The dances moves by High Off Energee are impressive and their energy is contagious. It's no wonder a stranger watching them get their "merengue" on in downtown L.A.'s Santee Alley had to jump in and dance to "La Vaca."
"When people watch that video and they see me and my friend Dre dancing at first, and then you see my little compa my little tío come in, I'm like, wow," said Tiaunt Lewis. "When that happened, I just got chills. I got so happy."
The video was watched by millions.The group met as teens at Crenshaw and Dorsey High Schools.
"We dance a lot of Spanish music because that's what a lot of people like. And then we bring the cultures together and stuff like that," said Ray Dobson.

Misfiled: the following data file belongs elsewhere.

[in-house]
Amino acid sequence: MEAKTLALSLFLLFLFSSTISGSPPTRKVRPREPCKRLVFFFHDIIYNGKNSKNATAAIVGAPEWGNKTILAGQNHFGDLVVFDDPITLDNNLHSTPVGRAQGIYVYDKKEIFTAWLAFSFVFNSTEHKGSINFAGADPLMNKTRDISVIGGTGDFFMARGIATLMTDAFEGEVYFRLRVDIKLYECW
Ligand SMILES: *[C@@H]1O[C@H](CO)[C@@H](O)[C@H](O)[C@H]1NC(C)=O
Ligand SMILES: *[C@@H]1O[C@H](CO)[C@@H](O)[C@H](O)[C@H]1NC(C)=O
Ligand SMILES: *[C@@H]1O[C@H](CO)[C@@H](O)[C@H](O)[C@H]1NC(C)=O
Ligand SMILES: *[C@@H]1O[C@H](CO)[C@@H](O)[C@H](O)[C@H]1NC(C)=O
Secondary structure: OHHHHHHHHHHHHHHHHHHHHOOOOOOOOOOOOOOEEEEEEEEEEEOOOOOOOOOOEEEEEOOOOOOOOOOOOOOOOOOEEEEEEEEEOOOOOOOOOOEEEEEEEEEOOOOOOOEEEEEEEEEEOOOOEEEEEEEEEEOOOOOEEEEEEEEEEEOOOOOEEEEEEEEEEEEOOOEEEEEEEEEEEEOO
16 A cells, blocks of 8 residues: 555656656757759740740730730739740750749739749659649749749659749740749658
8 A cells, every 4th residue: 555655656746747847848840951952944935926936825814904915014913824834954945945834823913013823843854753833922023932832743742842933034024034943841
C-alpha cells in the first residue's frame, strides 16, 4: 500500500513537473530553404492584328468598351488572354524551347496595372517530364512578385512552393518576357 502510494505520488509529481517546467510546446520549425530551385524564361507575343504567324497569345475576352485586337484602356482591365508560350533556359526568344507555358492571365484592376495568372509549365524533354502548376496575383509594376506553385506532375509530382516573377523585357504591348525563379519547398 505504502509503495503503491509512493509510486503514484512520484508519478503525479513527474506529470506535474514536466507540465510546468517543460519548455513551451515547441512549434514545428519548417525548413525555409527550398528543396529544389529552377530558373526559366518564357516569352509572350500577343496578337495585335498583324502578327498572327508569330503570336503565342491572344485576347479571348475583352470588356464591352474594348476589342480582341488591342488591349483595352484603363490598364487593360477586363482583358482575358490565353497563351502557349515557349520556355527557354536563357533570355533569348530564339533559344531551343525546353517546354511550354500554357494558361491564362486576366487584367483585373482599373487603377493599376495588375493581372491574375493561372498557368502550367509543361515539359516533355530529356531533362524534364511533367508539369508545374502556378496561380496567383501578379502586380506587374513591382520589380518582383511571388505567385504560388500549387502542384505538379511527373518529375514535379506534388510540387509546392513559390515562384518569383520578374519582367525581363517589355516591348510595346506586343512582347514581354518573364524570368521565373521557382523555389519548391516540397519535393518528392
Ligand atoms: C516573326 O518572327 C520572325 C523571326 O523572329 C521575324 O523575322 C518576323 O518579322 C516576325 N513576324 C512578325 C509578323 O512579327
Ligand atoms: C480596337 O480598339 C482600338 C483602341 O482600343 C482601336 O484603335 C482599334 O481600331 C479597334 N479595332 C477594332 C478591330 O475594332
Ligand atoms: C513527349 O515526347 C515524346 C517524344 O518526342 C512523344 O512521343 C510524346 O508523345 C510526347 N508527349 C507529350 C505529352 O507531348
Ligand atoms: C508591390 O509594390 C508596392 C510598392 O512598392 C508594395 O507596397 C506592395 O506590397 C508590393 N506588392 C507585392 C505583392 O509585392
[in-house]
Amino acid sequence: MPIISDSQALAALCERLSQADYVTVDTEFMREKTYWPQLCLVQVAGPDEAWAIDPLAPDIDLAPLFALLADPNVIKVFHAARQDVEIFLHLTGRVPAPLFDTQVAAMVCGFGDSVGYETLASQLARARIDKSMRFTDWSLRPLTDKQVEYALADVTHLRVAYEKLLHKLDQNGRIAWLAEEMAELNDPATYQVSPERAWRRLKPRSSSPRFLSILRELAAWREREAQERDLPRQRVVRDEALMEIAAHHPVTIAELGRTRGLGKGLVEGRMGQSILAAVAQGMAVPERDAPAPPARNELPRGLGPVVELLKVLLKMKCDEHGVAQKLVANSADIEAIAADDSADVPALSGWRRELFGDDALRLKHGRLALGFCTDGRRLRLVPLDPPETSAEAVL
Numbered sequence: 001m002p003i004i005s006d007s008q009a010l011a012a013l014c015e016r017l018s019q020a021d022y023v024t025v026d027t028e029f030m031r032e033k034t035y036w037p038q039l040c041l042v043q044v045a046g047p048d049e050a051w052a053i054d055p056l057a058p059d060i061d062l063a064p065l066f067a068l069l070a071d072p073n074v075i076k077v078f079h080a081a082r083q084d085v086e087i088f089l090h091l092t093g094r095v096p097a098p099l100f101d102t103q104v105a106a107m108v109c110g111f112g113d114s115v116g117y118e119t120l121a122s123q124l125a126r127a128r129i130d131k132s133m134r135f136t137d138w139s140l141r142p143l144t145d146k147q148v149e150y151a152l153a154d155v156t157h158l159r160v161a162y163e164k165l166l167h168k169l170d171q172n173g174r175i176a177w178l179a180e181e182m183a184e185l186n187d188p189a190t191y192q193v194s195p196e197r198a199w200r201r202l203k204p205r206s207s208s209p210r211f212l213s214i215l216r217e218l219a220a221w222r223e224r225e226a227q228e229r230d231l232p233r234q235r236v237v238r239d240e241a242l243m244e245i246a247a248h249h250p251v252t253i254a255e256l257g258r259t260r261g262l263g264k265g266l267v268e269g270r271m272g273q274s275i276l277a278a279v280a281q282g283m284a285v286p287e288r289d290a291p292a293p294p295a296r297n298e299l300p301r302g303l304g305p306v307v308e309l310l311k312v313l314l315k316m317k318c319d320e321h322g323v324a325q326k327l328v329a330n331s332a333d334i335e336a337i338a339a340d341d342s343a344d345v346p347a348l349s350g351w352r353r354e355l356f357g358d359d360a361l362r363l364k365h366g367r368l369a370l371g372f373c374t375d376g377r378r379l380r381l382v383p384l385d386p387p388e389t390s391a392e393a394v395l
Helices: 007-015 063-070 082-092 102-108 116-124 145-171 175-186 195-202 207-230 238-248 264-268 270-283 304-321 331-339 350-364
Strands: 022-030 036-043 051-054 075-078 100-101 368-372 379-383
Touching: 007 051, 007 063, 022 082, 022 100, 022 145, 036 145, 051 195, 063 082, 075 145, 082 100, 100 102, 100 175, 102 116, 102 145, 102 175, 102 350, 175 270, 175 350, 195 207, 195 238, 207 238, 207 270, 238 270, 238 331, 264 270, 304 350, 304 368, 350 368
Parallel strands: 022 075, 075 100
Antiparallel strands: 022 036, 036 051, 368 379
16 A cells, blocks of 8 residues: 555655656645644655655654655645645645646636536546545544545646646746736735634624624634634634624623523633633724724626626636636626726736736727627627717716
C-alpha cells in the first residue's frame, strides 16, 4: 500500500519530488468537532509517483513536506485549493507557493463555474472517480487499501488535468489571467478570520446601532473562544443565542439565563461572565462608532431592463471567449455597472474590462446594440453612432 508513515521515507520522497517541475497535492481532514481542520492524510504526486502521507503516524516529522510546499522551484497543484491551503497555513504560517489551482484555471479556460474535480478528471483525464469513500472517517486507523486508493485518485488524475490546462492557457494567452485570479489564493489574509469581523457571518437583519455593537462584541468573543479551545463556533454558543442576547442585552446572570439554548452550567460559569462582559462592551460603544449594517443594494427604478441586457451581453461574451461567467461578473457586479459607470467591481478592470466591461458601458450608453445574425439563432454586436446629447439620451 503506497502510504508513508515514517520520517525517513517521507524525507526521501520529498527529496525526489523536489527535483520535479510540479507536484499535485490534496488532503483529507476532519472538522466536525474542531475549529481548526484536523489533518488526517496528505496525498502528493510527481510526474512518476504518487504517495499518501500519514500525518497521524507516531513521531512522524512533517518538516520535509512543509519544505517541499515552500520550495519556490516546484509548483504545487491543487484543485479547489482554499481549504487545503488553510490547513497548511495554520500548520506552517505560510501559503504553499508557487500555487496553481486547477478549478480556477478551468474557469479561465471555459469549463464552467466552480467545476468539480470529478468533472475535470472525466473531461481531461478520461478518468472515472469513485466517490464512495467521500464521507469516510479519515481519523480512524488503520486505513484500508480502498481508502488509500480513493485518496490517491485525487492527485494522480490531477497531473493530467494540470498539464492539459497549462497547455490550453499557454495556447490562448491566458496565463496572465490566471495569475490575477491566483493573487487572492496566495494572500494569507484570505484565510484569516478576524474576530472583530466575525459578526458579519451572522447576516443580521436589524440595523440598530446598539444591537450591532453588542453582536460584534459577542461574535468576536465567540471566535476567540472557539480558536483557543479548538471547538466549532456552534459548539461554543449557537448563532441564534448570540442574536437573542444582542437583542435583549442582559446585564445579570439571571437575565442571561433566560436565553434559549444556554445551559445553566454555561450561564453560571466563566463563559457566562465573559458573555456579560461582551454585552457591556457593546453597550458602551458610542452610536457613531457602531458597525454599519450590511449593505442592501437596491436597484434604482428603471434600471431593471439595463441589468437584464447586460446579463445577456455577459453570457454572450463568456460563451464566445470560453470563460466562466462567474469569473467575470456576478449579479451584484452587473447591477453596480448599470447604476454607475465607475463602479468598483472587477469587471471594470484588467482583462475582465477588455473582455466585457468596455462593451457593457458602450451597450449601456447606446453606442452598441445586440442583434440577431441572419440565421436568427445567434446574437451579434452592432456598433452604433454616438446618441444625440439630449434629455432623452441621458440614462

They also advocate for Black and Brown communities. "We were at the Black Lives Matter protest, and the La Raza protest," said Lewis.
"We're all for love and unity," he added. "We just want everybody to just come together and let everybody know that it's gonna be okay through laughter. Laughter is the best medicine."
They perform at large gatherings and have lost some work due to COVID-19. It is not a primary source of income for most of them, but a passion.
"Even when we're not dancing, we have talks. We try to find opportunities to better ourselves," said Frederick Bowen.
They dream of reaching more people. "People just see us dancing. But we really have like a message that we want to send out to people, and that's unity," said Lewis.
You can catch High Off Energee every weekend in different parts of Southern California.